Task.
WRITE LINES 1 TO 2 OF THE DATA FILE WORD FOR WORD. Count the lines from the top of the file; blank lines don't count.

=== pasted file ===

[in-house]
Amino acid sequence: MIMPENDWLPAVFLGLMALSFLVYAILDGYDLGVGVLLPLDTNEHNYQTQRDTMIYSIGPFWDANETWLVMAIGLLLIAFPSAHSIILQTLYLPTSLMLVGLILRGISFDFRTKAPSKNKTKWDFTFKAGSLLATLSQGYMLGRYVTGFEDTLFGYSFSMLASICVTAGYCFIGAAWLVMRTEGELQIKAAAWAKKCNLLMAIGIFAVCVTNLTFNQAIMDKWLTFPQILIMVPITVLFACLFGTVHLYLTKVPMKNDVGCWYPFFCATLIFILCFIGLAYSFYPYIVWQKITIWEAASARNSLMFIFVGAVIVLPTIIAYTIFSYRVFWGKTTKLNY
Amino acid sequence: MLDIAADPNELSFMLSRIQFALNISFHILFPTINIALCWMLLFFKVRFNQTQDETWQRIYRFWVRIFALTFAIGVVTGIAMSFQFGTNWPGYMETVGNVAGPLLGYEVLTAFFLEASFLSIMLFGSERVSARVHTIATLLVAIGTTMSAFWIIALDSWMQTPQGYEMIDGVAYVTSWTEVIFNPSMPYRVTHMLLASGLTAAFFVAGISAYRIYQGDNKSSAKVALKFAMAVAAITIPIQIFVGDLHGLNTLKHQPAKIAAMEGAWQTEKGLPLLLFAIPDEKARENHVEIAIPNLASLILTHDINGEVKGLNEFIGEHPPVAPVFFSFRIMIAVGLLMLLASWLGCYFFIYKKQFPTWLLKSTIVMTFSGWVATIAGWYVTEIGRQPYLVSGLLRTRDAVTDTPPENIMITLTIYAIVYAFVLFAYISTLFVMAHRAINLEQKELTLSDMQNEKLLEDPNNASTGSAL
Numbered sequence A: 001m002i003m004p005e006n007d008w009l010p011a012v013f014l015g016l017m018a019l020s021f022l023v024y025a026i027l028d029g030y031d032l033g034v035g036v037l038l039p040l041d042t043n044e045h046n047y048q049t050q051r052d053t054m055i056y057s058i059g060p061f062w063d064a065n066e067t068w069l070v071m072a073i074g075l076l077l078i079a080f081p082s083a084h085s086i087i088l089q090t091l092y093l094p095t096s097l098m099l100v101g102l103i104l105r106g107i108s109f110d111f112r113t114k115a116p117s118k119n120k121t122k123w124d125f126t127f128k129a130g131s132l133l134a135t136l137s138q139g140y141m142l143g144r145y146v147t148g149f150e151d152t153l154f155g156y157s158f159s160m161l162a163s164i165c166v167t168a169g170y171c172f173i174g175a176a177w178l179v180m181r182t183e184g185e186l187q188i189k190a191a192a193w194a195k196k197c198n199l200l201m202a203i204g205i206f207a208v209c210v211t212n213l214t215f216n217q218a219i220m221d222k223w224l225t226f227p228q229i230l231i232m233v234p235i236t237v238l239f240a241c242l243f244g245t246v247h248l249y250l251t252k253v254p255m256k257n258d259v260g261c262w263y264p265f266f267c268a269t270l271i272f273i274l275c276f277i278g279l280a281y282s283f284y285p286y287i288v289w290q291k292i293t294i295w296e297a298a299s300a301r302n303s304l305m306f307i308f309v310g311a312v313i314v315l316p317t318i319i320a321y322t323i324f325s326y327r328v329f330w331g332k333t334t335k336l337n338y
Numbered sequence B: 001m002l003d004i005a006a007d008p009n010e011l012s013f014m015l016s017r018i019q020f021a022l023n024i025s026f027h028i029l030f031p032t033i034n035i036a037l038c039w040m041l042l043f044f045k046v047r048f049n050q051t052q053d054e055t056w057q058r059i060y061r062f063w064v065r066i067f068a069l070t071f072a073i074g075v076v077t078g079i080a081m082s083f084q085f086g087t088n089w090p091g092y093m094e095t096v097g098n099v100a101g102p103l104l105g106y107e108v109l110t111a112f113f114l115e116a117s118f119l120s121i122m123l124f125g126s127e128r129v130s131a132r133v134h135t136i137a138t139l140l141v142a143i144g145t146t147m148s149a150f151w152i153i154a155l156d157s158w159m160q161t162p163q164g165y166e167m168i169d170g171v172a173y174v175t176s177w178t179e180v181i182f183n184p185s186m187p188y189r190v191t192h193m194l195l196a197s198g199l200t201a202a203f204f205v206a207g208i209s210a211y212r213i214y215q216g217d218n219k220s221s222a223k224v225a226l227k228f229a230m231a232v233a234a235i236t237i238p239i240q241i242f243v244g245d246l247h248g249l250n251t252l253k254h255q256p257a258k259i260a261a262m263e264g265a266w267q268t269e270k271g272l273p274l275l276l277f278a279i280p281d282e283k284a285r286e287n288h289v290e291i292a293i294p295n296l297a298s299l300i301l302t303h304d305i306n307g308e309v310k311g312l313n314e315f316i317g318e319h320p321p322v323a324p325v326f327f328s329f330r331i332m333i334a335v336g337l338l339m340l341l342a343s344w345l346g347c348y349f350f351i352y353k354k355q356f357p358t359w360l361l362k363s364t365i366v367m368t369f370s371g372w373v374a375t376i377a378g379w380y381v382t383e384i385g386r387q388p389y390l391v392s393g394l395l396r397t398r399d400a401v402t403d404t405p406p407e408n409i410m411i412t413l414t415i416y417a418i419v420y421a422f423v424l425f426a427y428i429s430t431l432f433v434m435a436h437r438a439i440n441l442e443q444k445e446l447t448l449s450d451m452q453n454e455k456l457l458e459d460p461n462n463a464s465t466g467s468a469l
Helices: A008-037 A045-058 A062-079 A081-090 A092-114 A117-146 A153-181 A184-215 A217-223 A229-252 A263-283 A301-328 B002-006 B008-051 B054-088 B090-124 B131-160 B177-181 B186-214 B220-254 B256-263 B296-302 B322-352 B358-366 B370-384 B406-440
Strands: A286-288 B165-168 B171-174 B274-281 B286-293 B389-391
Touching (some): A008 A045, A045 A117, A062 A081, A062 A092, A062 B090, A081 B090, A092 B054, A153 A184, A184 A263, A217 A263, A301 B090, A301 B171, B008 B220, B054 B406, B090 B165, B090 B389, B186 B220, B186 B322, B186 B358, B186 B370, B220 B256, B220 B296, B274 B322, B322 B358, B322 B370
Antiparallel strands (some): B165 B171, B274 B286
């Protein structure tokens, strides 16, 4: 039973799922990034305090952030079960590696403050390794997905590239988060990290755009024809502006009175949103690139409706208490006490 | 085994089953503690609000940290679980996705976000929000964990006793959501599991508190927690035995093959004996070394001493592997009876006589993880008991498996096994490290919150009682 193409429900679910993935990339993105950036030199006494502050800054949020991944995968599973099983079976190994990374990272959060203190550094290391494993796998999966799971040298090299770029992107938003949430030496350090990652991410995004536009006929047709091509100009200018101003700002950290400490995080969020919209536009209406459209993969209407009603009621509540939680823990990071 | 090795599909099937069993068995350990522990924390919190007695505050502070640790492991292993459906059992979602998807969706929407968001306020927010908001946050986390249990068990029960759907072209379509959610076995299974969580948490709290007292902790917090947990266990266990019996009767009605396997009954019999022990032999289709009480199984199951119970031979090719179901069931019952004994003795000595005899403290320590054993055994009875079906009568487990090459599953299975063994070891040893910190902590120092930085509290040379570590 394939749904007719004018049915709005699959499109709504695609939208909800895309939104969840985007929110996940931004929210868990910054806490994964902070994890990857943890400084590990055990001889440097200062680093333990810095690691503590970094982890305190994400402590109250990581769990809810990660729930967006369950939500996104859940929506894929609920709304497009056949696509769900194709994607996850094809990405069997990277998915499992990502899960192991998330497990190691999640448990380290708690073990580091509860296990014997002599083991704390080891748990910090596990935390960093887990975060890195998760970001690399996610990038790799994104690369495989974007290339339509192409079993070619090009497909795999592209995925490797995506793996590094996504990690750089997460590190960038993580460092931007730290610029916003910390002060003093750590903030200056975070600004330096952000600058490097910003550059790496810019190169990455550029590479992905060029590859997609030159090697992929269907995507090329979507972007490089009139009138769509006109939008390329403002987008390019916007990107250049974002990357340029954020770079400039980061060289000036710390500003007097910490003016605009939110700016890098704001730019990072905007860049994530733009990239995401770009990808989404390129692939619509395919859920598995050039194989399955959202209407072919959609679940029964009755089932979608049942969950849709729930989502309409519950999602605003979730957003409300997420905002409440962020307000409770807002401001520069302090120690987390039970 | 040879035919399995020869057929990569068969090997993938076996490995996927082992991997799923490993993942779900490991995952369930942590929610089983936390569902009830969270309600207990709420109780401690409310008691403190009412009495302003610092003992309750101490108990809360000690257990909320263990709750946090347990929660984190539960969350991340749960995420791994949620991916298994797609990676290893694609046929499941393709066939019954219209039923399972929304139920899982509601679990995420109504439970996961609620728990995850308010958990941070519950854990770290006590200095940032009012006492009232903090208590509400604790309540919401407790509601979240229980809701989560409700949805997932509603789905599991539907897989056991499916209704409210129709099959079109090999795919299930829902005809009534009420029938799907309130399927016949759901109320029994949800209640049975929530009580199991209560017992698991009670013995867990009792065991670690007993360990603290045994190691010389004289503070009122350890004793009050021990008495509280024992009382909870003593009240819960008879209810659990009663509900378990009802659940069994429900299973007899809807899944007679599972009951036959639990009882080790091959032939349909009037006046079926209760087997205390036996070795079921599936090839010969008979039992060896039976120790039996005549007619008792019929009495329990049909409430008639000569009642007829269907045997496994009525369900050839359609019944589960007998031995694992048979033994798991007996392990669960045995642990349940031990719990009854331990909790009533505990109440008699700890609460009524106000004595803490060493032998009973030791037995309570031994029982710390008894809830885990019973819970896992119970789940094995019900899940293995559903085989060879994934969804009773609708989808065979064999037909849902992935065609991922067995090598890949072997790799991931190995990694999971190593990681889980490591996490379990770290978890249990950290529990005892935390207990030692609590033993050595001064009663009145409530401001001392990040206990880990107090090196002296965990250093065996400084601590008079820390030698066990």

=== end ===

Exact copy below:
[in-house]
Amino acid sequence: MIMPENDWLPAVFLGLMALSFLVYAILDGYDLGVGVLLPLDTNEHNYQTQRDTMIYSIGPFWDANETWLVMAIGLLLIAFPSAHSIILQTLYLPTSLMLVGLILRGISFDFRTKAPSKNKTKWDFTFKAGSLLATLSQGYMLGRYVTGFEDTLFGYSFSMLASICVTAGYCFIGAAWLVMRTEGELQIKAAAWAKKCNLLMAIGIFAVCVTNLTFNQAIMDKWLTFPQILIMVPITVLFACLFGTVHLYLTKVPMKNDVGCWYPFFCATLIFILCFIGLAYSFYPYIVWQKITIWEAASARNSLMFIFVGAVIVLPTIIAYTIFSYRVFWGKTTKLNY